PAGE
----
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April 2011


my (our) books

Fool for Love When You Don't See Me

Someone Like You I'm Your Man

He's The One It Had To Be You

The Mammoth Book of New Gay Erotica Best Gay Erotica 2007

Best Gay Love Stories: New York City Best Gay Love Stories 2005

Three Fortunes In One Cookie The Deal


If you have any of the above books and would like them signed, mail them to:

P.O. Box 131845, Houston, TX., 77219.

Please include three dollars for return postage.

Send email to timothyjlambert@gmail.com

Warning: This blog may contain homosexuals which in the states of California and Maine have been alleged to destroy the sanctity of marriage. Read at your own risk.


recommended courses of action

Scout's Honor Rescue is an all-breed, no-kill, Not-For-Profit 501(c)(3) animal rescue organization committed to bringing courage, character and compassion to Houston's homeless pet population and making a positive difference in the lives of these stray and abandoned animals and the Houston community as a whole. 100% of every dollar donated goes directly to saving the life of a homeless animal.

Scouts Honor Rescue Inc.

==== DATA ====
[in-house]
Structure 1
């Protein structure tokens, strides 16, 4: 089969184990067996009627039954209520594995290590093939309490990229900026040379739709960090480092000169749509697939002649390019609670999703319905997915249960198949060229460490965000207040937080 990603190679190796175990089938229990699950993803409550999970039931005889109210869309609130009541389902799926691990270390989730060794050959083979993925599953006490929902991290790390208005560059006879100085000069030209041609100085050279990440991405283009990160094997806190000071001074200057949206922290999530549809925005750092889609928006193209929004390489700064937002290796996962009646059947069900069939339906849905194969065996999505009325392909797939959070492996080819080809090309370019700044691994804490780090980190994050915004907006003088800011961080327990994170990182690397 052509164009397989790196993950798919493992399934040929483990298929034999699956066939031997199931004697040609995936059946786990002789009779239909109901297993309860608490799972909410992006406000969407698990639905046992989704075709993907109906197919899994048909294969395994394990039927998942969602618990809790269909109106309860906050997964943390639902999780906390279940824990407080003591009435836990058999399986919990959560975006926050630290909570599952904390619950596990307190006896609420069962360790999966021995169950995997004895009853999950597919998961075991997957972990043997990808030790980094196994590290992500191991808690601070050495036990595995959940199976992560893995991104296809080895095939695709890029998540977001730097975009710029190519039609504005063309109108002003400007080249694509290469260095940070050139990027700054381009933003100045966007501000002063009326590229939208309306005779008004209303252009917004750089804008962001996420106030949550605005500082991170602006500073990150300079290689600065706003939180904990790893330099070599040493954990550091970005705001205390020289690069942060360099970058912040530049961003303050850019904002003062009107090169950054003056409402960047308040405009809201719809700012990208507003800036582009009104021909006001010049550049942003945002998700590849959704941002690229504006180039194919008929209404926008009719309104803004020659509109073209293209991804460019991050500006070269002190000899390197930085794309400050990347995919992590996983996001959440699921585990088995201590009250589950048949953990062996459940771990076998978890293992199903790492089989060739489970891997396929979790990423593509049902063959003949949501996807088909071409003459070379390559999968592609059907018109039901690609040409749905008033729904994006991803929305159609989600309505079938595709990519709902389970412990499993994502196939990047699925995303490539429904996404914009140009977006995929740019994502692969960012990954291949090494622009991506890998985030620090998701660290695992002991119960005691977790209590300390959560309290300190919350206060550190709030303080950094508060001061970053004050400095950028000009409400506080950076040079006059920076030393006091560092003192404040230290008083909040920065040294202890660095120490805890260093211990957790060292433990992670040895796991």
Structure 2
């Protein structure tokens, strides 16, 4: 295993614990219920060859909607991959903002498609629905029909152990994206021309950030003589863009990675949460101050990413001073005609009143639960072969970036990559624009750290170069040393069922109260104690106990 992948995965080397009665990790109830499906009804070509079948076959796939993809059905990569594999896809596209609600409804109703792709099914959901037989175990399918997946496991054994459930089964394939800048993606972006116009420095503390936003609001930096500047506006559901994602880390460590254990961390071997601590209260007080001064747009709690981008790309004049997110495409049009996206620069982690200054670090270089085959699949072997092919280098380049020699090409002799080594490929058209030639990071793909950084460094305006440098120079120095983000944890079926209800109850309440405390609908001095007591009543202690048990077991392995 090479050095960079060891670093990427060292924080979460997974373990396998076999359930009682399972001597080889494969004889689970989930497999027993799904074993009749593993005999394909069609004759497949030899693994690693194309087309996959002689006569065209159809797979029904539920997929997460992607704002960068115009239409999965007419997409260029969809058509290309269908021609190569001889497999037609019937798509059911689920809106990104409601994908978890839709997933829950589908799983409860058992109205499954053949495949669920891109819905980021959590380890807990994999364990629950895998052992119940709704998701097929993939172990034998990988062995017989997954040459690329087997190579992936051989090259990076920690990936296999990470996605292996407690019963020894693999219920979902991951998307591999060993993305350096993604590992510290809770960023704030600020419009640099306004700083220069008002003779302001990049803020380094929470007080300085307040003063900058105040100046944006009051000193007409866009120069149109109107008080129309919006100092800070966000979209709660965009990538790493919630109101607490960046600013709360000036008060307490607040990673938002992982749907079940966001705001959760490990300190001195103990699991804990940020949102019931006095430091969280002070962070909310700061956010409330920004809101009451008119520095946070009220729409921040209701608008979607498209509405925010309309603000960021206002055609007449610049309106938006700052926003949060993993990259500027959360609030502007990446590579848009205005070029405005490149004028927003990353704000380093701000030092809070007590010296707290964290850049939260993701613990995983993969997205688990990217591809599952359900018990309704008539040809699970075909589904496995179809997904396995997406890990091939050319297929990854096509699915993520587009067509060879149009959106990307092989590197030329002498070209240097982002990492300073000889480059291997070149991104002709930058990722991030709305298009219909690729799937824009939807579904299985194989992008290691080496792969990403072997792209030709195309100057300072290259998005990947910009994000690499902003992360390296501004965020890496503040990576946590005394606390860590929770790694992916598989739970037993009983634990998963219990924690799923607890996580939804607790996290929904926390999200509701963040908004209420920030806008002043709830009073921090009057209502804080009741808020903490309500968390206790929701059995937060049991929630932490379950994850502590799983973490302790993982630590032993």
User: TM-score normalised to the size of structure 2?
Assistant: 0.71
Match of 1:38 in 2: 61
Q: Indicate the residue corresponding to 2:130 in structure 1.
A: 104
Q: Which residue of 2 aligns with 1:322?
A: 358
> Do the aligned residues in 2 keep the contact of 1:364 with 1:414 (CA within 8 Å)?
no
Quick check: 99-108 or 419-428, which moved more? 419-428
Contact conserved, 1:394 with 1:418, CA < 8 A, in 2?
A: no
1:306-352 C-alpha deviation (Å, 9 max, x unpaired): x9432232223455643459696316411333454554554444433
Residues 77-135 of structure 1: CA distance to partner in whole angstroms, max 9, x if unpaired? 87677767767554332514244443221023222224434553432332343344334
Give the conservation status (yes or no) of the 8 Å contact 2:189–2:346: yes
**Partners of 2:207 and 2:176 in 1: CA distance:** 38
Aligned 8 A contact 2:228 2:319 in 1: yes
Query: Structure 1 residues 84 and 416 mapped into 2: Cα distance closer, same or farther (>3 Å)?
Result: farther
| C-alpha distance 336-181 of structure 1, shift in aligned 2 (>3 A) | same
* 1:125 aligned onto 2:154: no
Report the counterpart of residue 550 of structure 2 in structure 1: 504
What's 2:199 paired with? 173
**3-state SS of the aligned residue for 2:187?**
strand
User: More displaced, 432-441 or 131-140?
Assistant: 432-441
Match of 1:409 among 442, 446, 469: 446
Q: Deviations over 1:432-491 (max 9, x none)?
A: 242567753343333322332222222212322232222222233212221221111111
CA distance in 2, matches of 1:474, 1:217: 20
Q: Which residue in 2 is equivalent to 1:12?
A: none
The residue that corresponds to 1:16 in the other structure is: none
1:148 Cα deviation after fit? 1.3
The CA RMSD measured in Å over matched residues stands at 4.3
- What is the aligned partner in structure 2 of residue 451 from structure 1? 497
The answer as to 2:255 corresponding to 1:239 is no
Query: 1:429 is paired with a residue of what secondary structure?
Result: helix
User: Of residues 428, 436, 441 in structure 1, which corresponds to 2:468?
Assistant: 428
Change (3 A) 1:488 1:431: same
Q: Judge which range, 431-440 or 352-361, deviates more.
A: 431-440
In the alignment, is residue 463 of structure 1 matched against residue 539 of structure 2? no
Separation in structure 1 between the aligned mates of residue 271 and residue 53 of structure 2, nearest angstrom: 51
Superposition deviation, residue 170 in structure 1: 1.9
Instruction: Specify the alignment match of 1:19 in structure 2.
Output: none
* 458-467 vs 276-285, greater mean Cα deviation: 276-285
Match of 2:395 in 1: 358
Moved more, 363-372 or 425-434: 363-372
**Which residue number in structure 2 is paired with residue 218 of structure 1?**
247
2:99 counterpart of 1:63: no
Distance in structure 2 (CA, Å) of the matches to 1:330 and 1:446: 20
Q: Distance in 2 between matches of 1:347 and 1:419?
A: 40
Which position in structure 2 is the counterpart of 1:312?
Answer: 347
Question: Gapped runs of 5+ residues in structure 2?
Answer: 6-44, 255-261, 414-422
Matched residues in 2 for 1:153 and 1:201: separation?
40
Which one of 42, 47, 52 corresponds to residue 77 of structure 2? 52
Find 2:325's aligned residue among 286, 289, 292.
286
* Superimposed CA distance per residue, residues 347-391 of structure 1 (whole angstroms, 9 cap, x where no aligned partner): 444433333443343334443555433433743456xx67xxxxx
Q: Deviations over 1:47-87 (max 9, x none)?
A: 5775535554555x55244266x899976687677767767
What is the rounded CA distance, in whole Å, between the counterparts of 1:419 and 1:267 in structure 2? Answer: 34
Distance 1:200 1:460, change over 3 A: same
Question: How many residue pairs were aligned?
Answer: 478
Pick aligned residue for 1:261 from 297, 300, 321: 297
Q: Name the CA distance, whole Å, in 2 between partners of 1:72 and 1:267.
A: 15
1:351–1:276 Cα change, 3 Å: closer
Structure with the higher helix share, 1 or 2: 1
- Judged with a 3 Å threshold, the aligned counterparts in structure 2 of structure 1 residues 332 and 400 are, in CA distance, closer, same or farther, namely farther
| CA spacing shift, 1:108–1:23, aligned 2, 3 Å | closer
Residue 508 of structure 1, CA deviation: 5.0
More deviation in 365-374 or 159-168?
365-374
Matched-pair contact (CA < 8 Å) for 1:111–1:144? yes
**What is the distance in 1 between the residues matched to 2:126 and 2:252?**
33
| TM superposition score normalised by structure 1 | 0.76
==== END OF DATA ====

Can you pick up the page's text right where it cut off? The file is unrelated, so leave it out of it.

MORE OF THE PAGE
locally known


maine AIDS alliance

global AIDS alliance


AIDS foundation houston

bering omega community services

frannie peabody center

Timothy's hair by Larry Henderson Hair Design.

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ask the lonely

If you haven't seen it already, check out Mark G. Harris' 12 question for writers. Mark asks 6 writers (myself included) for answers to these probing questions:

1) How much importance do you place on The First Sentence, both in your work and in the works that inspired you?

2) With everything there is in a scene to keep track of-- continuity, building suspense, maintaining the motivations for every individual character, making descriptions serve and sparkle, making dialogue inventive, fresh and "the way people talk," etc.-- how do you keep track of it all? Do you anticipate and plan ahead? Fix it all in rewrites? Somehow do it in medias res, and move on without returning?

3) Maybe because it's mandatory that we're taught to read and write (unlike being taught composing or sculpting, or whatever), many idle and wish to write and perhaps dabble. What slingshot you into seriousness?

4) What are some lessons, looking back, that you "needed to learn?"

5) Do you intentionally devise a sentence that will cause a reader to stop and reflect? likewise, one that causes a reader to read on to the next sentence, paragraph, page?

6) What have your experiences with literary rejection given you, in return?

7) People who've read your work and praised it...does it affect what you write, next?

8) Have you ever surprised yourself?

9) Do you envision a reader you intend to read an individual work of yours? Who is she, or he?

10) What has a scathing review done to your soft writer-parts?

11) If you wouldn't mind, Google this guy: portrait of Charles-Joseph-Laurent Cordier, by Ingres. Could you please write a brief description of him, his looks, his mood, any quirks you suspect him of, and whatnot? (I'm wanting to see comparative approaches to the same subject, as well as examples of flair-attack.)

12) Finally, what's one thing you adore that readers do for/to you?